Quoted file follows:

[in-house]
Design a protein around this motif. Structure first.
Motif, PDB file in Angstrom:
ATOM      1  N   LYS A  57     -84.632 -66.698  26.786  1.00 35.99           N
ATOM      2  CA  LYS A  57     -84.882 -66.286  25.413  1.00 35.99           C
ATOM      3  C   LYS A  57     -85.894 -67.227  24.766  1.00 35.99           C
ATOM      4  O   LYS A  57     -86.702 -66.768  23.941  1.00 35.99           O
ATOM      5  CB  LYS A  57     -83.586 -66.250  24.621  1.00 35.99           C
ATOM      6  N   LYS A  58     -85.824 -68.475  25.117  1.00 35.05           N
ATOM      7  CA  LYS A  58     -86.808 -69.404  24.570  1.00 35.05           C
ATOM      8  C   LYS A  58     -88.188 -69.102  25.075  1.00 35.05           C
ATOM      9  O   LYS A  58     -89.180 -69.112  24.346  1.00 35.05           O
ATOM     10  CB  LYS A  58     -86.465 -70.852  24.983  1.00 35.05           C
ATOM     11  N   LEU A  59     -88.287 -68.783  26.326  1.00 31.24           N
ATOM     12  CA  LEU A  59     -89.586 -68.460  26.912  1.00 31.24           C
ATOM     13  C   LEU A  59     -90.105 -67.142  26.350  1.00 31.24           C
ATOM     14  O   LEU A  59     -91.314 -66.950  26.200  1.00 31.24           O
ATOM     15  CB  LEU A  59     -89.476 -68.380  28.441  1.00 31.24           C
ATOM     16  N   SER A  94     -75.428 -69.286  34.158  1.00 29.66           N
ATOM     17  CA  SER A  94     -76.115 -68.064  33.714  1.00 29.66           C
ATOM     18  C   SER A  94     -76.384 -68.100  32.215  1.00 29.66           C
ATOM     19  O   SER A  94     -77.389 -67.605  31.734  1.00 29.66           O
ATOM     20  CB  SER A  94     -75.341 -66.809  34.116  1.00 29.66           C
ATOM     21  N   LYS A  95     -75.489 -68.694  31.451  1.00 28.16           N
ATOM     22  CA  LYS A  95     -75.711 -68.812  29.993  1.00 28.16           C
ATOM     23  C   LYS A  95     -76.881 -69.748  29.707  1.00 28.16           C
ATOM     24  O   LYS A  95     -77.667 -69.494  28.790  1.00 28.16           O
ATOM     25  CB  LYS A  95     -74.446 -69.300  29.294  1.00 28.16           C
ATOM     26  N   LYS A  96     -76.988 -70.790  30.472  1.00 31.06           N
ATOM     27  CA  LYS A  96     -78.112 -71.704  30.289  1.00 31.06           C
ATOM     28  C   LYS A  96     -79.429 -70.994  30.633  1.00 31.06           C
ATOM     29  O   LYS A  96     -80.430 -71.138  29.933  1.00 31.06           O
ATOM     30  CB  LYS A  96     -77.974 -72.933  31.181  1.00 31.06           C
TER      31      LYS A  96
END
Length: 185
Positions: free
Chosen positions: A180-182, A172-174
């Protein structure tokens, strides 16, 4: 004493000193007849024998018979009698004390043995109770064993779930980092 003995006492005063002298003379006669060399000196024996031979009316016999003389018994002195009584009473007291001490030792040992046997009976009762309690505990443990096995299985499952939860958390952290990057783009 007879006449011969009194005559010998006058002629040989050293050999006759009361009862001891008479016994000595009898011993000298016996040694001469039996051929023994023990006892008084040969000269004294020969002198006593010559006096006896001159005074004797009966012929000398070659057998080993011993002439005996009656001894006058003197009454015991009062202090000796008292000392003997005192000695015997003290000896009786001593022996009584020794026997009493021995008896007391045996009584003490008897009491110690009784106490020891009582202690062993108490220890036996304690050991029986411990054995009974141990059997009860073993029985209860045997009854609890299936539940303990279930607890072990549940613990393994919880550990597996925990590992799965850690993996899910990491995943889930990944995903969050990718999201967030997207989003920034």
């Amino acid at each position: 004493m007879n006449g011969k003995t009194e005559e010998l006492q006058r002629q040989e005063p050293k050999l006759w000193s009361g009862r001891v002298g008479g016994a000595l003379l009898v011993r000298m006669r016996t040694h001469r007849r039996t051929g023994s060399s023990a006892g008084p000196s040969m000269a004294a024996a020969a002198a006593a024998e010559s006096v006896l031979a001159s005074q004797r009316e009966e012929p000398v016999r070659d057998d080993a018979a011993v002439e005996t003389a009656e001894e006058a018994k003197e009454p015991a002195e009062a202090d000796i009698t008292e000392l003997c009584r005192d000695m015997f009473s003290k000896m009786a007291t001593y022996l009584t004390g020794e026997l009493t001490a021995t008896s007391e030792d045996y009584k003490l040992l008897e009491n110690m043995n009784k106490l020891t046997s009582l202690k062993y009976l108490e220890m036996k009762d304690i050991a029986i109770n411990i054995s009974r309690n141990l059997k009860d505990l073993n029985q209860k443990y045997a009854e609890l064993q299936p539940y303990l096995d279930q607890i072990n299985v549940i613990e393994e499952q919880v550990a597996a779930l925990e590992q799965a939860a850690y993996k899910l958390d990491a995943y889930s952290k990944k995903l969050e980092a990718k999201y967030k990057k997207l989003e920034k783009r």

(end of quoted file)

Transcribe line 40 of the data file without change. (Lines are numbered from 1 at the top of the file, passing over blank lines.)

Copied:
């Amino acid at each position: 004493m007879n006449g011969k003995t009194e005559e010998l006492q006058r002629q040989e005063p050293k050999l006759w000193s009361g009862r001891v002298g008479g016994a000595l003379l009898v011993r000298m006669r016996t040694h001469r007849r039996t051929g023994s060399s023990a006892g008084p000196s040969m000269a004294a024996a020969a002198a006593a024998e010559s006096v006896l031979a001159s005074q004797r009316e009966e012929p000398v016999r070659d057998d080993a018979a011993v002439e005996t003389a009656e001894e006058a018994k003197e009454p015991a002195e009062a202090d000796i009698t008292e000392l003997c009584r005192d000695m015997f009473s003290k000896m009786a007291t001593y022996l009584t004390g020794e026997l009493t001490a021995t008896s007391e030792d045996y009584k003490l040992l008897e009491n110690m043995n009784k106490l020891t046997s009582l202690k062993y009976l108490e220890m036996k009762d304690i050991a029986i109770n411990i054995s009974r309690n141990l059997k009860d505990l073993n029985q209860k443990y045997a009854e609890l064993q299936p539940y303990l096995d279930q607890i072990n299985v549940i613990e393994e499952q919880v550990a597996a779930l925990e590992q799965a939860a850690y993996k899910l958390d990491a995943y889930s952290k990944k995903l969050e980092a990718k999201y967030k990057k997207l989003e920034k783009r």